Docs scramble for the deadline

Posted by · 5:12 am · August 28th, 2008

Today’s New York Times carries an interesting piece about the crunch of documentaries currently being screened in Manhattan to empty houses – all in the name of Oscar eligibility. A simplified rule change now requires that, in order to qualify for the awards, feature docs must be screened for a week – on both coasts – before August 31.

However, in a rather surreal bit of logic, the filmmakers involved are doing their utmost not to attract audiences, presumably so as to avoid peaking too early in terms of media coverage:

“I didn’t advertise, I didn’t seek reviews,” said Roberta Grossman, producer of “Blessed is the Match: The Life and Death of Hannah Senesh,” the story of a Jewish-Hungarian resistance fighter during World War II. “My goal for this run was to qualify for the Academy Awards, period.”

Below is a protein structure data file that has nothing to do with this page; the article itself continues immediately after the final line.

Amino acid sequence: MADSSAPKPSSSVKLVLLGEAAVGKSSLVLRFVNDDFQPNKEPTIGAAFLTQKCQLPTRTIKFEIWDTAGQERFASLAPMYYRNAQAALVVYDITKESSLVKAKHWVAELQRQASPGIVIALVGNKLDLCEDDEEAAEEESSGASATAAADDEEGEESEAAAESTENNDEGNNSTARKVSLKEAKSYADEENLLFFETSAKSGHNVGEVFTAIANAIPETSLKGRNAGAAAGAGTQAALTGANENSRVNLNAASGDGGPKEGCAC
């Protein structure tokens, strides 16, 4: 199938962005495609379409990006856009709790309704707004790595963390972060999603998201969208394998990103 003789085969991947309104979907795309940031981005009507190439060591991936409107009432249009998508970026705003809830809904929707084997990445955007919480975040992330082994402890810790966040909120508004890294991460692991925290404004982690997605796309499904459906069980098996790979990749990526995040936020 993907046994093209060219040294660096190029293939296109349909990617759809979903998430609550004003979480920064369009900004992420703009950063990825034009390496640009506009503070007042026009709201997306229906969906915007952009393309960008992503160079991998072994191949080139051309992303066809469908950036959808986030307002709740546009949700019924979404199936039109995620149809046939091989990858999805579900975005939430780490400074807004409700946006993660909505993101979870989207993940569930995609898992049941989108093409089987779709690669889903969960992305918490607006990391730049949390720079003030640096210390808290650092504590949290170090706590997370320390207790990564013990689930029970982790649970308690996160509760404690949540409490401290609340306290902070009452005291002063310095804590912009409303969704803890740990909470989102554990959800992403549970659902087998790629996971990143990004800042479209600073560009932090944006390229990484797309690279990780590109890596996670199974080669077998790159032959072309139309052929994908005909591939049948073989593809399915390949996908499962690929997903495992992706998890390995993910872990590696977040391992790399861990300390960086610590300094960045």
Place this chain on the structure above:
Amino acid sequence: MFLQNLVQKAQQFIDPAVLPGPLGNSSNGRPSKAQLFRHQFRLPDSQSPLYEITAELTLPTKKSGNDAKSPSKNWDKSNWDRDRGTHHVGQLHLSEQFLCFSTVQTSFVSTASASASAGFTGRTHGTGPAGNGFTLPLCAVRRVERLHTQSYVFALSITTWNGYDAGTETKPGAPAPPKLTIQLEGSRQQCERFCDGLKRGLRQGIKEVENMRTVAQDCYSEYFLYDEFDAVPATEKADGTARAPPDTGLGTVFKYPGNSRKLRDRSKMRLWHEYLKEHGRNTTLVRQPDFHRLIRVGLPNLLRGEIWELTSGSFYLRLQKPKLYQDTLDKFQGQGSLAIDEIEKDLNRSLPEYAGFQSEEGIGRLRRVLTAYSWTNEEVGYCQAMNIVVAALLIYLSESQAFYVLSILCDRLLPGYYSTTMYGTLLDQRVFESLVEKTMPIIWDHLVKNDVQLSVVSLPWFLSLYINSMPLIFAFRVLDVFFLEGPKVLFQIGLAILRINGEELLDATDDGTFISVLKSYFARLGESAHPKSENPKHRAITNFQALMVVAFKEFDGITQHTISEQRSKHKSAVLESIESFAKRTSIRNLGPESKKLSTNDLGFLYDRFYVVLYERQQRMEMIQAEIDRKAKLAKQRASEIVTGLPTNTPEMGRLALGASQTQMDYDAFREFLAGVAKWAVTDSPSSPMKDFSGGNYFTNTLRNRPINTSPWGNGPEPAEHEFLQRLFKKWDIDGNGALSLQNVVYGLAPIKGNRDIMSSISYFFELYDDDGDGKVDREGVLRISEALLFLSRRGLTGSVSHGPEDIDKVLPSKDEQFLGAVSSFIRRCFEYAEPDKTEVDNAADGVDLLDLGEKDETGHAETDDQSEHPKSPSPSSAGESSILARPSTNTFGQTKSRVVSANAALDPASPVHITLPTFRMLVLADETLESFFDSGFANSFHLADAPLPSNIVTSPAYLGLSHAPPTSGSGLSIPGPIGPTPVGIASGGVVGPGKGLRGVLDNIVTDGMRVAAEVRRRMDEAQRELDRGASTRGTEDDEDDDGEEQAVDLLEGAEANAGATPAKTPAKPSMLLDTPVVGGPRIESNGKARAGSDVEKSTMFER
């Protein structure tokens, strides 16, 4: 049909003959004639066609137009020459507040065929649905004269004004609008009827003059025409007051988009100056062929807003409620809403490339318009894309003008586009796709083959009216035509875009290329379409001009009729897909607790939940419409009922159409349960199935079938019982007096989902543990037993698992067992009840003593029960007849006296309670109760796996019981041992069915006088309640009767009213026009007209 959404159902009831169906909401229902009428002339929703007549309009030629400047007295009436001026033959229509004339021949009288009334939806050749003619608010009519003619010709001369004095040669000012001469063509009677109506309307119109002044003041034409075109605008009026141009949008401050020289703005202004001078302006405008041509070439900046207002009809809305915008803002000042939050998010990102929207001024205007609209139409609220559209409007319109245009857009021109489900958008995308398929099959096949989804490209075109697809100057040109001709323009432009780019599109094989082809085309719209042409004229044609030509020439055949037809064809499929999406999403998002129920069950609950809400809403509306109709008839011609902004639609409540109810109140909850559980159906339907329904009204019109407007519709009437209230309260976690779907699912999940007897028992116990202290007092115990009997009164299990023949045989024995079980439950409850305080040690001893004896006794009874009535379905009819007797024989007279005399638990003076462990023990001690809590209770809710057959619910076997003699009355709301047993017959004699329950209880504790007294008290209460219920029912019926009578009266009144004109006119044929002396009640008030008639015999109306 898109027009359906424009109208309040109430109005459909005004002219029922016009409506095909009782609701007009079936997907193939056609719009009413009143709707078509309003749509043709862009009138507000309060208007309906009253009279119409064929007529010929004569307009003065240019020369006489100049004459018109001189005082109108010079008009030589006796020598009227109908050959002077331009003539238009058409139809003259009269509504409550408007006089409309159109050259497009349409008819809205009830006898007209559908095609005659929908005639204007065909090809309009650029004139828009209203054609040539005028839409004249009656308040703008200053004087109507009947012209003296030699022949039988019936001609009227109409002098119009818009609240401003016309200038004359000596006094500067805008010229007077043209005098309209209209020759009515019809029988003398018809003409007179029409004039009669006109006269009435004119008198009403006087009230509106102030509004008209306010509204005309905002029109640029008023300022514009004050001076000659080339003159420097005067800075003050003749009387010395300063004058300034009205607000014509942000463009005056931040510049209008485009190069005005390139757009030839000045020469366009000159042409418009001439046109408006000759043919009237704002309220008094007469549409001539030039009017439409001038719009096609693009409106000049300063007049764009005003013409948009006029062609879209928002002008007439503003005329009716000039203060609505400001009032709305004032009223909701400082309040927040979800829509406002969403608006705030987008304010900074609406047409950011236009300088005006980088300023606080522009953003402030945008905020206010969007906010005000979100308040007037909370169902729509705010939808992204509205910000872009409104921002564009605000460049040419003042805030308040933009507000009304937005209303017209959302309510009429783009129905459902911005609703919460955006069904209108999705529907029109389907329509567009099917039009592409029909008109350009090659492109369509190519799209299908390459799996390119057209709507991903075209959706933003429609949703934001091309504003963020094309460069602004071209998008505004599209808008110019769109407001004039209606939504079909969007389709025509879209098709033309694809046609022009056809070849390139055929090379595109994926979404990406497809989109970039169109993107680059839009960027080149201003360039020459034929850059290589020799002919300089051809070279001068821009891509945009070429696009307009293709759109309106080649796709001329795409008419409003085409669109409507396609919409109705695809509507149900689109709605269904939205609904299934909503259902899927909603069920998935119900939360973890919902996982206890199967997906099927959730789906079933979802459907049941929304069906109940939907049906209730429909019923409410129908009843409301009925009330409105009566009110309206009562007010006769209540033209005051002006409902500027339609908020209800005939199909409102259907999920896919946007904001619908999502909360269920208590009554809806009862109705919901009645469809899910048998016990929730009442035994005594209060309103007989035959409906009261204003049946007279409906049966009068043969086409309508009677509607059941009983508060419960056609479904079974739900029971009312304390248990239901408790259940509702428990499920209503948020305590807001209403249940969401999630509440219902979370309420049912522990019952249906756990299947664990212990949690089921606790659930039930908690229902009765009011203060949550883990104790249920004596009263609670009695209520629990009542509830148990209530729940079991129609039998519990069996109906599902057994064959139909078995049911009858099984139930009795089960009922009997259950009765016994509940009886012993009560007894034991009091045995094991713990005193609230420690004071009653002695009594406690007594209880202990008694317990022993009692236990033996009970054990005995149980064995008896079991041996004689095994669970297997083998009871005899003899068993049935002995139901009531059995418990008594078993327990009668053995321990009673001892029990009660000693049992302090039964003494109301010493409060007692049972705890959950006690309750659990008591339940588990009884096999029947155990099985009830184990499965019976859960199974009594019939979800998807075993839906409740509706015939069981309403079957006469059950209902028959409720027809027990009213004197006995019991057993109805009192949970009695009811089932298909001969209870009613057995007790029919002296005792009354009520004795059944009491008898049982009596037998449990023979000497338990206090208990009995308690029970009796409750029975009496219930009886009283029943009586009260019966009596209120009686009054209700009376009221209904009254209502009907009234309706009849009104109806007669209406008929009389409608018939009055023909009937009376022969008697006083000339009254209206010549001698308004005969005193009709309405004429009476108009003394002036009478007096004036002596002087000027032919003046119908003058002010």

And so on:

“I was advised that if I wanted to show again, then I shouldn’t advertise,” said Khashyar Darvich, the director and producer of “Dalai Lama Renaissance,” a film narrated by Harrison Ford that follows 40 Western thinkers to a meeting with the Dalai Lama. “If there was press about these academy-qualifying screenings, then that would discourage the theater from showing the film again in the future.”

Bizarre. But if this new system means more opportunities for the littler guys to crack the race, then kudos to the Academy. The article quotes the Academy’s executive director, Bruce Davis, as being “scared to death” that they’ll have over a hundred documentary entries this year, as opposed to the usual figure of sixty.

On another note – a documentary about a Jewish-Hungarian resistance fighter in WWII? Can the Academy possibly resist?




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